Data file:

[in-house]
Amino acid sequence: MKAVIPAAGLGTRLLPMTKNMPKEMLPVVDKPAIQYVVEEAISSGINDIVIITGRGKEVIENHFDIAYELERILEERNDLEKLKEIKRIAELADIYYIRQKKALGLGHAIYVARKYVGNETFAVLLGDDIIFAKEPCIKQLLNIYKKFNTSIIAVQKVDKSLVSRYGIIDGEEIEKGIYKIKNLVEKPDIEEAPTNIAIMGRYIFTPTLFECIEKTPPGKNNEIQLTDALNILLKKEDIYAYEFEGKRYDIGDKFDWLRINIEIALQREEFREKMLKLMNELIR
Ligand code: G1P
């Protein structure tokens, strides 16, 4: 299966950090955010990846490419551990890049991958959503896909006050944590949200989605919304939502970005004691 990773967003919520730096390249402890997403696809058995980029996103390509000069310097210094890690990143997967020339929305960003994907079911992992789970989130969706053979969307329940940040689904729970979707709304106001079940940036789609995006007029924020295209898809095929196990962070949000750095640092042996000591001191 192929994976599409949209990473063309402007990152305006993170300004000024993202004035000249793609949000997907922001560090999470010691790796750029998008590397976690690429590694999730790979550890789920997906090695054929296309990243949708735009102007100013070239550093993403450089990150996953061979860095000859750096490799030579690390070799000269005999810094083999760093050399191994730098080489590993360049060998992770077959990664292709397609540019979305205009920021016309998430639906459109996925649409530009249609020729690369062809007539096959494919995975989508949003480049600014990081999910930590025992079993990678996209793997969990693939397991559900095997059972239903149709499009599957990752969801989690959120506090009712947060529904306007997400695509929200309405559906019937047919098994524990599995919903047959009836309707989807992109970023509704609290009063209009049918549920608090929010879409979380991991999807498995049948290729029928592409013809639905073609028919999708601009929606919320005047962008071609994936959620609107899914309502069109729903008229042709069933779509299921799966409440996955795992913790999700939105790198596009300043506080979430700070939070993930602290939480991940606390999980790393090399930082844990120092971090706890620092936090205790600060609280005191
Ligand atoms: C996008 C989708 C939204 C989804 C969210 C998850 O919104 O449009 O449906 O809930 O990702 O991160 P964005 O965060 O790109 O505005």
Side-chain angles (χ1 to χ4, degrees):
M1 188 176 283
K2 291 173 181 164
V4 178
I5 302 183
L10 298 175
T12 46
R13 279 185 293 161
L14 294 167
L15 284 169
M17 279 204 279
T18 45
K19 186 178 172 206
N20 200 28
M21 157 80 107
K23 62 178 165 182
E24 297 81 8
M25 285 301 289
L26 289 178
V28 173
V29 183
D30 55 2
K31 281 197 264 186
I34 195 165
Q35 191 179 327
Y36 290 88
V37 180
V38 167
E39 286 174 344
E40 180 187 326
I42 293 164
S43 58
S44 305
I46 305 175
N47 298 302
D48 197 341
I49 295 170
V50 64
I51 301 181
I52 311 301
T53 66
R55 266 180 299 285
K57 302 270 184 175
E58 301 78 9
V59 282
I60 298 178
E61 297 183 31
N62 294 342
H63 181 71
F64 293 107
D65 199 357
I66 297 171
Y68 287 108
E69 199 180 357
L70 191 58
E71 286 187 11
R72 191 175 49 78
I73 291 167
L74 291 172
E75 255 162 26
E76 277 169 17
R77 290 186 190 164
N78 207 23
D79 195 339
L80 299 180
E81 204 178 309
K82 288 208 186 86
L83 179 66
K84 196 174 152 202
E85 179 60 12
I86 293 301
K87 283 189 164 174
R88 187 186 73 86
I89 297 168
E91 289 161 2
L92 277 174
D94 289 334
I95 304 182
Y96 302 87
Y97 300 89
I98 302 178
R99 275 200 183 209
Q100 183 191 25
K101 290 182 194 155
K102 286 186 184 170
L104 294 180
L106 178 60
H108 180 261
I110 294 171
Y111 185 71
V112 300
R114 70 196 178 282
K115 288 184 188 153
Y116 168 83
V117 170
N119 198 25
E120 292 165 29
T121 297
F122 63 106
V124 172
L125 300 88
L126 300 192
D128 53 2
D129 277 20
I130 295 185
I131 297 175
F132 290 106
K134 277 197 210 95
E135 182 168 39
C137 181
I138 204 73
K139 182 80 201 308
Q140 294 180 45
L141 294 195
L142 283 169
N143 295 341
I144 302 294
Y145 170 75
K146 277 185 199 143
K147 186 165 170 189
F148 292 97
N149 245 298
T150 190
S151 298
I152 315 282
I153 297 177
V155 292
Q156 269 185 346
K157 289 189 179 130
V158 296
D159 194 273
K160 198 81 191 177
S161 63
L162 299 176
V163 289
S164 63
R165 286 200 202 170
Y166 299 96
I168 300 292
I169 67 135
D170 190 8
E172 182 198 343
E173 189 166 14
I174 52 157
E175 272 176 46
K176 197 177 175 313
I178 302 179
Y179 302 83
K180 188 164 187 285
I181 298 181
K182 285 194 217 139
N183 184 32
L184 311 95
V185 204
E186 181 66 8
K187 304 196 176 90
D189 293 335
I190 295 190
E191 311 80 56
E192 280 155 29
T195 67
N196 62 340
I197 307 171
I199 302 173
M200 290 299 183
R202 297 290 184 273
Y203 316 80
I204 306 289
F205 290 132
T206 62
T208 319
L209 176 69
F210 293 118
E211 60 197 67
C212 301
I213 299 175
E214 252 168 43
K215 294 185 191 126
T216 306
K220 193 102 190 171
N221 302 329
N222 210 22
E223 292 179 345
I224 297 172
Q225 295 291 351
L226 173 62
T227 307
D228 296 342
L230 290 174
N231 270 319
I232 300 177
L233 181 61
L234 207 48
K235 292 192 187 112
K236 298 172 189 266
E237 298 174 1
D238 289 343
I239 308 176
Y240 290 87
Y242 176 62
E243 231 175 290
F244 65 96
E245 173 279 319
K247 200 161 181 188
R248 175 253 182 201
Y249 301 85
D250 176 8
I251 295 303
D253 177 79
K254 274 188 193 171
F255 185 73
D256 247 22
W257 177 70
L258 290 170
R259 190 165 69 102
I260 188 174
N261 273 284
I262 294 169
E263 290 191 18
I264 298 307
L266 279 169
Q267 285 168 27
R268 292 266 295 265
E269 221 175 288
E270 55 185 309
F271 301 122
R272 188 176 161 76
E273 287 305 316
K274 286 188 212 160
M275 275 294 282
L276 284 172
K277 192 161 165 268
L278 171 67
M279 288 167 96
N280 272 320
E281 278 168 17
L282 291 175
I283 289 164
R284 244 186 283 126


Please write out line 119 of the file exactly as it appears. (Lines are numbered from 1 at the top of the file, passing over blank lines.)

L141 294 195